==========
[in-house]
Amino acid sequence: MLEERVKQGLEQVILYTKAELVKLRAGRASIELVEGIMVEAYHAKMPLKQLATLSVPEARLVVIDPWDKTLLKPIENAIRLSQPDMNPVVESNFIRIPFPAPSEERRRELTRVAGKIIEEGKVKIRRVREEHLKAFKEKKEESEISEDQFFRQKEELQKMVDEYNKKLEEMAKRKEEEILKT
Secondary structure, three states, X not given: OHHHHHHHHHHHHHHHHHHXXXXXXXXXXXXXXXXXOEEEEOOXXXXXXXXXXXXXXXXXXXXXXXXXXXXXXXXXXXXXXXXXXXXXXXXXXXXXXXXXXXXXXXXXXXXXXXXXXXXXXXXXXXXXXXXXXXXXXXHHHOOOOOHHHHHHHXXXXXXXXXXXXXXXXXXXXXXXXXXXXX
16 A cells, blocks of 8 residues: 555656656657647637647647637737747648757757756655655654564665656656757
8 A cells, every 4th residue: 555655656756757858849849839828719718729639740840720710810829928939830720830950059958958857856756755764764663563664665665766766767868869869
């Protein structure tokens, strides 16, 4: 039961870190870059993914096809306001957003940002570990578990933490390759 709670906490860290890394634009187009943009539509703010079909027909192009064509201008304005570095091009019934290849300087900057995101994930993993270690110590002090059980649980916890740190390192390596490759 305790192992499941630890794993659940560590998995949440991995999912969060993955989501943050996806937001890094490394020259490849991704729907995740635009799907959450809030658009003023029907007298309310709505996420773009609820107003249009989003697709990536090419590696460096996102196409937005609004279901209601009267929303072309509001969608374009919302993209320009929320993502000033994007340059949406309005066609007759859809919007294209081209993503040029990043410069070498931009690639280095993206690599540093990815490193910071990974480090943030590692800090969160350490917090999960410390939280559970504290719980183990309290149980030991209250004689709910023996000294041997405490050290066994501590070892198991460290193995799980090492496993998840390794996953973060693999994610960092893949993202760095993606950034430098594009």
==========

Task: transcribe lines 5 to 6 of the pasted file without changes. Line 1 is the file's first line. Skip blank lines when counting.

8 A cells, every 4th residue: 555655656756757858849849839828719718729639740840720710810829928939830720830950059958958857856756755764764663563664665665766766767868869869
């Protein structure tokens, strides 16, 4: 039961870190870059993914096809306001957003940002570990578990933490390759 709670906490860290890394634009187009943009539509703010079909027909192009064509201008304005570095091009019934290849300087900057995101994930993993270690110590002090059980649980916890740190390192390596490759 305790192992499941630890794993659940560590998995949440991995999912969060993955989501943050996806937001890094490394020259490849991704729907995740635009799907959450809030658009003023029907007298309310709505996420773009609820107003249009989003697709990536090419590696460096996102196409937005609004279901209601009267929303072309509001969608374009919302993209320009929320993502000033994007340059949406309005066609007759859809919007294209081209993503040029990043410069070498931009690639280095993206690599540093990815490193910071990974480090943030590692800090969160350490917090999960410390939280559970504290719980183990309290149980030991209250004689709910023996000294041997405490050290066994501590070892198991460290193995799980090492496993998840390794996953973060693999994610960092893949993202760095993606950034430098594009």